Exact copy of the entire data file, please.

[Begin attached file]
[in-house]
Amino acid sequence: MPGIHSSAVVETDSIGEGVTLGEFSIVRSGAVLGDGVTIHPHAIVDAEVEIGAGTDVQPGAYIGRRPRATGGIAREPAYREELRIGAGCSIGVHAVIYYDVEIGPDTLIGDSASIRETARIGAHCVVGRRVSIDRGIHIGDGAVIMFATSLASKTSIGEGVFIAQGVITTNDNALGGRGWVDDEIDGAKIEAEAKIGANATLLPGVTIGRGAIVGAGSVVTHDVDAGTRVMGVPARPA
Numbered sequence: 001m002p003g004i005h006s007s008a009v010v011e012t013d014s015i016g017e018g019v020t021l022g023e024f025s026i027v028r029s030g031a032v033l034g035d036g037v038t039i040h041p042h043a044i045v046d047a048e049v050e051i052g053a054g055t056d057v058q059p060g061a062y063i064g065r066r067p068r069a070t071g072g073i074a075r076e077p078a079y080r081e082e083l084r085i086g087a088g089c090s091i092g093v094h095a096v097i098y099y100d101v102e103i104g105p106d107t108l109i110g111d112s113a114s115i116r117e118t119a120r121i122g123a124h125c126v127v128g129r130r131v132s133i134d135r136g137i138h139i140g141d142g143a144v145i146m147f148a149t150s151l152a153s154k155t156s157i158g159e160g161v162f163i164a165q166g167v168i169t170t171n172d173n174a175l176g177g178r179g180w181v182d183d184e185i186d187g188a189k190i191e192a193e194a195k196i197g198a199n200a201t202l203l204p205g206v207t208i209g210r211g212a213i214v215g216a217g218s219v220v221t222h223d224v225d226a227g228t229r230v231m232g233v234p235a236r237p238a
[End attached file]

[in-house]
Amino acid sequence: MPGIHSSAVVETDSIGEGVTLGEFSIVRSGAVLGDGVTIHPHAIVDAEVEIGAGTDVQPGAYIGRRPRATGGIAREPAYREELRIGAGCSIGVHAVIYYDVEIGPDTLIGDSASIRETARIGAHCVVGRRVSIDRGIHIGDGAVIMFATSLASKTSIGEGVFIAQGVITTNDNALGGRGWVDDEIDGAKIEAEAKIGANATLLPGVTIGRGAIVGAGSVVTHDVDAGTRVMGVPARPA
Numbered sequence: 001m002p003g004i005h006s007s008a009v010v011e012t013d014s015i016g017e018g019v020t021l022g023e024f025s026i027v028r029s030g031a032v033l034g035d036g037v038t039i040h041p042h043a044i045v046d047a048e049v050e051i052g053a054g055t056d057v058q059p060g061a062y063i064g065r066r067p068r069a070t071g072g073i074a075r076e077p078a079y080r081e082e083l084r085i086g087a088g089c090s091i092g093v094h095a096v097i098y099y100d101v102e103i104g105p106d107t108l109i110g111d112s113a114s115i116r117e118t119a120r121i122g123a124h125c126v127v128g129r130r131v132s133i134d135r136g137i138h139i140g141d142g143a144v145i146m147f148a149t150s151l152a153s154k155t156s157i158g159e160g161v162f163i164a165q166g167v168i169t170t171n172d173n174a175l176g177g178r179g180w181v182d183d184e185i186d187g188a189k190i191e192a193e194a195k196i197g198a199n200a201t202l203l204p205g206v207t208i209g210r211g212a213i214v215g216a217g218s219v220v221t222h223d224v225d226a227g228t229r230v231m232g233v234p235a236r237p238a